Marilyn Monroe, still considered by most men the hottest woman ever, usually had trouble zipping up a size 12. Let's face it. Marilyn was a woman. Giselle Bundchen is a giraffe.
Spin Sisters alternates between sharing revelations that are desperately important, and others that are simply shocking. Although Blyth believes that there is nothing wrong with wanting to feel good and look great, she encourages women to be savvy about the "tips" that they read in magazines, which are often anything but truthful. Here is an eye-opener:
How many of us have raced out to buy J.Lo's mascara or Gisele's blusher after seeing the makeup brand credited under the glowing photo of a celeb or model in a magazine? Well, you can stop reading and racing. Makeup artists use what they want during a photo shoot, and the editors, long after the picture has been taken, write the credits to please the advertisers. The small type under each picture, which tells you the name of the foundation and lipstick that the model is supposedly wearing is rarely accurate. Truth in beauty and fashion journalism? Not exactly.
But in "The Female Fear Factor," which is undoubtedly the most significant chapter in the book, Blyth exposes how frequently--indeed, incessantly--women's magazines, and the media in general, manufacture health-related hysteria when no grounds for any such fears actually exist. "When it comes to selling fear, television and women's magazines live by one rule--there's no such thing as overkill," Blyth reveals.
[W]e're really okay, but we are being told not to feel okay. That's because the media, in order to attract readers and viewers, "often overplays risks of dubious legitimacy. Scientific studies show that many of the alleged hazards the media trumpet are either misstated, overstated, nonexistent, or there just is not enough scientific evidence yet to yield reliable guidance on the true risk for the average American." Which, I admit, is kind of a shabby way to get readers or ratings.
Let's hope that full-figured women keep this statement--and the many examples that Blyth provides to support her argument--firmly in mind every time they are hit with the media's daily dose of propaganda about hallucinated weight "epidemics." "We mainly hear the scary words, and we're meant to, because the story doesn't sell unless the risk is overblown," Blyth reports.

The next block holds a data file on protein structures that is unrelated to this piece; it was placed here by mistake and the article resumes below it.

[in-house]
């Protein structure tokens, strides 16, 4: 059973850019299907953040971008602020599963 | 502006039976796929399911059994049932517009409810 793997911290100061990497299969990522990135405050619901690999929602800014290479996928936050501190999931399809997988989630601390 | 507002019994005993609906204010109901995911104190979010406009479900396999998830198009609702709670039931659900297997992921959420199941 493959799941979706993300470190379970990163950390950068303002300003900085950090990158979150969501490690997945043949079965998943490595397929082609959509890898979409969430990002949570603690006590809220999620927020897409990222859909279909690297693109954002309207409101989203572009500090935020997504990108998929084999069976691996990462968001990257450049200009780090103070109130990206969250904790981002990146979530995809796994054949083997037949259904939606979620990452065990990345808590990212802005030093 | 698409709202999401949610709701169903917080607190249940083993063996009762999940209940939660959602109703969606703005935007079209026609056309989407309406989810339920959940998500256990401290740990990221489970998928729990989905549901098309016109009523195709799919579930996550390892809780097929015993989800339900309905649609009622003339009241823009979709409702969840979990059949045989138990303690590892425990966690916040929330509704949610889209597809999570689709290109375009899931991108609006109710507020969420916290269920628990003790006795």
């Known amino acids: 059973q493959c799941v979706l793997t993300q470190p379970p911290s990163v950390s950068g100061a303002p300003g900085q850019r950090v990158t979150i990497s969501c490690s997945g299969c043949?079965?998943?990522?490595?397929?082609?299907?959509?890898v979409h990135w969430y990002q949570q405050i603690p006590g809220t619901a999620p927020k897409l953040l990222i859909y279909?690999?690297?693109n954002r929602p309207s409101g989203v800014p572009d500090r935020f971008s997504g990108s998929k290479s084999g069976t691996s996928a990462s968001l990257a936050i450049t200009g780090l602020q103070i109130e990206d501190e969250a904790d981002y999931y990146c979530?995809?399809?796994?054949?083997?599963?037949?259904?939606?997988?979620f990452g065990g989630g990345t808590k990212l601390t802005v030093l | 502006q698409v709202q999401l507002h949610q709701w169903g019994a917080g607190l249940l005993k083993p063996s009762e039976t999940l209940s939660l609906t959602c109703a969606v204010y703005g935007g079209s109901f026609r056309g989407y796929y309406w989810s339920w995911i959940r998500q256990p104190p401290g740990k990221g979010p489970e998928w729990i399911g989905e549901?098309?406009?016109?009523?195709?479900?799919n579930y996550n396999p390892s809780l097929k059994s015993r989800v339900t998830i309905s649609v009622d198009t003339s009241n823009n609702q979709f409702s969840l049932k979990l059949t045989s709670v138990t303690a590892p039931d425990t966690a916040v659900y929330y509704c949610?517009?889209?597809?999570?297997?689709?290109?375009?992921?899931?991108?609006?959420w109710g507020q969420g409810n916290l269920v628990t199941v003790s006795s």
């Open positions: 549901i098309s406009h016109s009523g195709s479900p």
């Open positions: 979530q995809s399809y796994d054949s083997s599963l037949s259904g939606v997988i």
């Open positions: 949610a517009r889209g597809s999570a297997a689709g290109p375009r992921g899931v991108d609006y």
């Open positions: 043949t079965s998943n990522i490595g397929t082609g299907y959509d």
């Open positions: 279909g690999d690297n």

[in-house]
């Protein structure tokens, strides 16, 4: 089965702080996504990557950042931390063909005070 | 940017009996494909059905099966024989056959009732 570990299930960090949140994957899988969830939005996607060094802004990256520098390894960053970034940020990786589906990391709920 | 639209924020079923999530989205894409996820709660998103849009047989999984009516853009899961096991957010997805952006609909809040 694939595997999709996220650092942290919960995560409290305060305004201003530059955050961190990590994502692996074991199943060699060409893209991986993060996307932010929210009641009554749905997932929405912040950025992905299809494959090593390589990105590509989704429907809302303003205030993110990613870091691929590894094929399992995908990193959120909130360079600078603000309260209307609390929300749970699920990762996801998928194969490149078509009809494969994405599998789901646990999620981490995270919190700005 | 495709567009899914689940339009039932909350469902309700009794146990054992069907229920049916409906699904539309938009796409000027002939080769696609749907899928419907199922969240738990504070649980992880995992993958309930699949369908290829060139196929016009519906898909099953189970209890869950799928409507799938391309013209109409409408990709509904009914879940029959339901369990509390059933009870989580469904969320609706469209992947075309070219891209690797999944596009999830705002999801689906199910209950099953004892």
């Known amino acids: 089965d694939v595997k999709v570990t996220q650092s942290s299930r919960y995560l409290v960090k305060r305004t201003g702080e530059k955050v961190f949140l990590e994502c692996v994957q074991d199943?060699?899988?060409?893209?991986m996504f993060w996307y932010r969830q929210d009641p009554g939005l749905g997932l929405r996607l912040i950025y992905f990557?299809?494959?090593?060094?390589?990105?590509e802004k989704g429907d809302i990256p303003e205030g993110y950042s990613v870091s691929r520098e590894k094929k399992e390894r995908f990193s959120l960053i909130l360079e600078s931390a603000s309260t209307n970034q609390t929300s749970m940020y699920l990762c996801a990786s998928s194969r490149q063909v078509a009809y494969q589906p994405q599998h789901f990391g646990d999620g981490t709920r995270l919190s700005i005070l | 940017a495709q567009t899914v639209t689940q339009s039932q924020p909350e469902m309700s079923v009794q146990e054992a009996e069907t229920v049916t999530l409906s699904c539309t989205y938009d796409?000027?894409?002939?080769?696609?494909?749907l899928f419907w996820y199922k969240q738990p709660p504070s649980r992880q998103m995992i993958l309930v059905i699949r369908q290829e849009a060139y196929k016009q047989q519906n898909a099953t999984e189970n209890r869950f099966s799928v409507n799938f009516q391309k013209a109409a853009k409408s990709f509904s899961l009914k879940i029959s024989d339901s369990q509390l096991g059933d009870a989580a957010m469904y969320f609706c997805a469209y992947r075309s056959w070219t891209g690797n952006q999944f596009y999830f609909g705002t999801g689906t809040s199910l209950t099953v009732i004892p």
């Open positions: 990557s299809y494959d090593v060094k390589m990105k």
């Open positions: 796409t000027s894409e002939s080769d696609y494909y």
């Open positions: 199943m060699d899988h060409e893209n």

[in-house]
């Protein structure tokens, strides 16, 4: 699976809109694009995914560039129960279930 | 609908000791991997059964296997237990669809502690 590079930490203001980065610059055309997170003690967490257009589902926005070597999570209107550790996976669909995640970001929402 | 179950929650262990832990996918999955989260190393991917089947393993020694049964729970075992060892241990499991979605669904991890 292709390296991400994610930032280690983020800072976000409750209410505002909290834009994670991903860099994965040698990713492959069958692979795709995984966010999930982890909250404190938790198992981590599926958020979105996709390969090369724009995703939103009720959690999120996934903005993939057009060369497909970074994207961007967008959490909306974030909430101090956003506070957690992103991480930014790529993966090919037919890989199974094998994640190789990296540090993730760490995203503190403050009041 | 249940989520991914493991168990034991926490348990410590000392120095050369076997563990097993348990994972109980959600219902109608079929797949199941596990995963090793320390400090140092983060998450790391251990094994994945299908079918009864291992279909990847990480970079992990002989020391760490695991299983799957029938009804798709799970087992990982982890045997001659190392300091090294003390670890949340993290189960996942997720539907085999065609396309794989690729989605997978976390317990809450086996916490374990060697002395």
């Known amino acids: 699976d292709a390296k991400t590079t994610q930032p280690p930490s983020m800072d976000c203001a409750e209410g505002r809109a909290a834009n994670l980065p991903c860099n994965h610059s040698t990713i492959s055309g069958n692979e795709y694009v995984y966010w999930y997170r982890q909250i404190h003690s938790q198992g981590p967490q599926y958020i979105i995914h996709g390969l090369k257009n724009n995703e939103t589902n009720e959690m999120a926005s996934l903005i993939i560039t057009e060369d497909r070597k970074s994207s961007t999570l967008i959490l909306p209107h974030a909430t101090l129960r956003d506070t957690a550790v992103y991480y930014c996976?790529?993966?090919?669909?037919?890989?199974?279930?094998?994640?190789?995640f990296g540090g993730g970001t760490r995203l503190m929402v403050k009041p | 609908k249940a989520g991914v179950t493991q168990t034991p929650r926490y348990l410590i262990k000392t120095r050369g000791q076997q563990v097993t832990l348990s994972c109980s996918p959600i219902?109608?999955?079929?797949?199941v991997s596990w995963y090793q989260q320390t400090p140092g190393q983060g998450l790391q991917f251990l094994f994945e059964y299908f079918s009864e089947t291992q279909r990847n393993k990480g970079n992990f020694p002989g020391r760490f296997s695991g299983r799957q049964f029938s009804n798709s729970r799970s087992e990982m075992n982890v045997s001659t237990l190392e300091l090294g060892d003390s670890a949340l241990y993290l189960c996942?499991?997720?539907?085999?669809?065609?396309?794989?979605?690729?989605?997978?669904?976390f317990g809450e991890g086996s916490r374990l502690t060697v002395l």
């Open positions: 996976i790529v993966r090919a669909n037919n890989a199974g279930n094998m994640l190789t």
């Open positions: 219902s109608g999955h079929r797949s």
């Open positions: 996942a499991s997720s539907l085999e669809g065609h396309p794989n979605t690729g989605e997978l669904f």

Some have criticized the book for being politically partisan. And in truth, Blyth does not sidestep the issue of political bias in the women's magazine industry. Readers can decide for themselves, based on Blyth's information, just how accurate and significant her analysis is:
All these beauty and fashion magazines that use so many of their pages to tell readers to get gorgeous for him or to shop until you drop because you deserve nothing less, remain stridently feminist when it comes to politics. Since their version of feminism has now neatly morphed into narcissism and consumerism, they probably see no contradiction in such views.
Ultimately, Spin Sisters is more than just a collection of shocking and appalling revelations from a magazine-industry "whistle blower." It is an important study of the modern media as a whole--particularly the American media. And as befits someone of her background, the author communicates these crucial ideas in a way that is fun and accessible, yet serious when it needs to be.
Whether you love women's magazines, or hate them, (or both,) you should take heed of Myrna Blyth's disclosures. And if you are one of the lucky ones who have never given these magazines a moment's notice, you can take comfort in the fact that you are missing nothing--nothing at all--except, as Blyth notes, a monthly dose of "diseases and diets, sob stories and social issues, and stress, stress, stress."
Perhaps we can all find better things to read--and better sources of beautiful images.